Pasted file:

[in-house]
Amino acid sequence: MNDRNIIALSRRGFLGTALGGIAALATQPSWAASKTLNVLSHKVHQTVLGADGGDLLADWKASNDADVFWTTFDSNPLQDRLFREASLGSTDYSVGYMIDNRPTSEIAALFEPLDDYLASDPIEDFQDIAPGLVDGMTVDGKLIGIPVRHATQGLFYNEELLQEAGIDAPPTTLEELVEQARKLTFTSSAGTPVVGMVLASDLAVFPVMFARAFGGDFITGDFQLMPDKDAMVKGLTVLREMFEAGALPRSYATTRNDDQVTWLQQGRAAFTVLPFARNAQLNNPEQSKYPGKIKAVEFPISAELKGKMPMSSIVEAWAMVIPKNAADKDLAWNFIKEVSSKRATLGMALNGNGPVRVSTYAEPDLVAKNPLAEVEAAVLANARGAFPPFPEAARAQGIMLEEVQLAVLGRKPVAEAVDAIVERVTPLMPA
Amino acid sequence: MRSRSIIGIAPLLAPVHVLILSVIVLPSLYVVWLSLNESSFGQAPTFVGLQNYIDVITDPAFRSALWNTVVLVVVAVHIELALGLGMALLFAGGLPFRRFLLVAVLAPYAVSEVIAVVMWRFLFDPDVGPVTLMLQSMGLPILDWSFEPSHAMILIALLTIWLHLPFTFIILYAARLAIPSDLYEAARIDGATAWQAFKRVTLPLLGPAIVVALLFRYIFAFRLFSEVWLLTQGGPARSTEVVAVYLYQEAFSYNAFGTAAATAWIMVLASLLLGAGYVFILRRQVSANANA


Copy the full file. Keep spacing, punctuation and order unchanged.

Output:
[in-house]
Amino acid sequence: MNDRNIIALSRRGFLGTALGGIAALATQPSWAASKTLNVLSHKVHQTVLGADGGDLLADWKASNDADVFWTTFDSNPLQDRLFREASLGSTDYSVGYMIDNRPTSEIAALFEPLDDYLASDPIEDFQDIAPGLVDGMTVDGKLIGIPVRHATQGLFYNEELLQEAGIDAPPTTLEELVEQARKLTFTSSAGTPVVGMVLASDLAVFPVMFARAFGGDFITGDFQLMPDKDAMVKGLTVLREMFEAGALPRSYATTRNDDQVTWLQQGRAAFTVLPFARNAQLNNPEQSKYPGKIKAVEFPISAELKGKMPMSSIVEAWAMVIPKNAADKDLAWNFIKEVSSKRATLGMALNGNGPVRVSTYAEPDLVAKNPLAEVEAAVLANARGAFPPFPEAARAQGIMLEEVQLAVLGRKPVAEAVDAIVERVTPLMPA
Amino acid sequence: MRSRSIIGIAPLLAPVHVLILSVIVLPSLYVVWLSLNESSFGQAPTFVGLQNYIDVITDPAFRSALWNTVVLVVVAVHIELALGLGMALLFAGGLPFRRFLLVAVLAPYAVSEVIAVVMWRFLFDPDVGPVTLMLQSMGLPILDWSFEPSHAMILIALLTIWLHLPFTFIILYAARLAIPSDLYEAARIDGATAWQAFKRVTLPLLGPAIVVALLFRYIFAFRLFSEVWLLTQGGPARSTEVVAVYLYQEAFSYNAFGTAAATAWIMVLASLLLGAGYVFILRRQVSANANA